An Evansville woman says she wants charges brought against a police officer she claims broke into a vacant home she owns and is renovating.
The department says the officer did nothing wrong, and was simply answering a call.
The homeowner, who we'll call Samantha, tells 14 News she had no idea an officer had been letting himself into the home multiple times, until they met in the basement, face to face.
Tuesday night, the department says he was doing his job, but the homeowner says he broke the law.
"He opened up the screen door, the storm door, and removed a plexi-glass window. Put his hands in, unbolted the door," Samantha told 14 News.
Homeowner Samantha, whose identity we've concealed, says that's how an Evansville Police officer got inside her vacant home she's renovating, while she and a relative were working in the basement.
"He let himself into my house," she said. "I feel very strongly that they should not have the right to just walk into your home. I don't think that constitutionally they do."
"There's no evidence that supports that he broke into that home," said EPD Sgt. Jason Cullum.
Sgt. Cullum says a week before, officers had been called to the vacant home for a report of a homeless person living inside.
He says at that time, the department found a mattress and other personal items, evidence that someone was living inside.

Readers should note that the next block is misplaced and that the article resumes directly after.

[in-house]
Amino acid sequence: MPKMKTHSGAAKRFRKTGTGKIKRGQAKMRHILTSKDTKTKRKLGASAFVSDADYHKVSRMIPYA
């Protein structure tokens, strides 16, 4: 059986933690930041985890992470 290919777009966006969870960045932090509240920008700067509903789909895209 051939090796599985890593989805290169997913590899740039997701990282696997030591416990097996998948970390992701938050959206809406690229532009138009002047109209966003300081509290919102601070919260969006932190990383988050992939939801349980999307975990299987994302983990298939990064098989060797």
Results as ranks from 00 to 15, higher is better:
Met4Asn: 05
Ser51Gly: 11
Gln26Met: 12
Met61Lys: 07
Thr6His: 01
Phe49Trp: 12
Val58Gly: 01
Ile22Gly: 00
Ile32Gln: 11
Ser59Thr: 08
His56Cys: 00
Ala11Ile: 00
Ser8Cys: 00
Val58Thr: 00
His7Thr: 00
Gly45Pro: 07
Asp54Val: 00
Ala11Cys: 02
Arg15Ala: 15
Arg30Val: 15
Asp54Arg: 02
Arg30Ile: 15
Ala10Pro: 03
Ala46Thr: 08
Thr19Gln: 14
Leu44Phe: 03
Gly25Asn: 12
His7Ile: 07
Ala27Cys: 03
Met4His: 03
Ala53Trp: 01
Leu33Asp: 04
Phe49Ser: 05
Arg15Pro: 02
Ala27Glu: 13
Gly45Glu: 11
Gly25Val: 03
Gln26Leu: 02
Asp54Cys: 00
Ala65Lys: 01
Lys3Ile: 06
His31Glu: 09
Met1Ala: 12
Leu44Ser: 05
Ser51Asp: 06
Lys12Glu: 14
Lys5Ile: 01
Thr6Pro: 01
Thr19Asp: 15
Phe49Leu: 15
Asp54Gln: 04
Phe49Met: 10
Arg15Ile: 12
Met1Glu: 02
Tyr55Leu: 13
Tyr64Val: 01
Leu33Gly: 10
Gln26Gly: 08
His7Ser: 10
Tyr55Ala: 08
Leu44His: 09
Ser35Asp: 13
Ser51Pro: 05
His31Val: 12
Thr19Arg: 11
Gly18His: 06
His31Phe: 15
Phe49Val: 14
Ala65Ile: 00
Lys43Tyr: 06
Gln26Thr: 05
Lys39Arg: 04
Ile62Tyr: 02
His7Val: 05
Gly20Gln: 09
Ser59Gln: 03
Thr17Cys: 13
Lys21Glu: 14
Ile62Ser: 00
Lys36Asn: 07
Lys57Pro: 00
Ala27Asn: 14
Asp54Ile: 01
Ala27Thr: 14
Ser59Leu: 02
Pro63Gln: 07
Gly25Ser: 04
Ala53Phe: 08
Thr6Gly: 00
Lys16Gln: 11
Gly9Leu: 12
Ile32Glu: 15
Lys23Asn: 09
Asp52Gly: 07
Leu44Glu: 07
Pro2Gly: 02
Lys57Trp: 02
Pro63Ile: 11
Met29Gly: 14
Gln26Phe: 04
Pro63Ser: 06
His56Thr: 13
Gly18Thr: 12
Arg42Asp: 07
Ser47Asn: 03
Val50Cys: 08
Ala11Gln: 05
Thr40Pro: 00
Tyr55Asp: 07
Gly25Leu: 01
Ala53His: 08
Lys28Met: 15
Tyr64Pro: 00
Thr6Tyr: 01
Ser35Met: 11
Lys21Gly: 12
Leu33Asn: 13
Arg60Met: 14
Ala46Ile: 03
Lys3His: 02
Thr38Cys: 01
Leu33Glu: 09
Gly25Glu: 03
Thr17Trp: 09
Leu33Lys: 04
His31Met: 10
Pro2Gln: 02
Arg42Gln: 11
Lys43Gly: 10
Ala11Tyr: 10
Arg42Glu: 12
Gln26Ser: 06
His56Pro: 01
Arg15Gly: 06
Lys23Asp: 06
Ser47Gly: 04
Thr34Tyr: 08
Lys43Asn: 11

Samantha says those were her belongings she had been moving into her new home.
Cullum says the officer had the right to enter the home and during the incident at question, the door was unlocked and the officer found Samantha in the basement.
"Everything that the property owner alleged he did, he did, but he's allowed to do it," Cullum said. "We get a little leeway to do some things that a normal citizen can't do."
An internal EPD investigation cleared the officer of any wrong-doing.
In a letter to Samantha, Police Chief Billy Bolin writes "I honestly don't understand your concern" and commends the officer for doing his job.
"An officer performing his duties is not breaking the law by going onto a property. He's actually fulfilling his oath to make everybody safe," Cullum said.
"Since he broke, I feel like he broke the law, or what they see as the department guidelines then there should be a consequence," says Samantha.
Samantha says her building permits with her name on them were visibly posted in her front window.
Cullum says the Prosecutor's Office has declined to file any charges.
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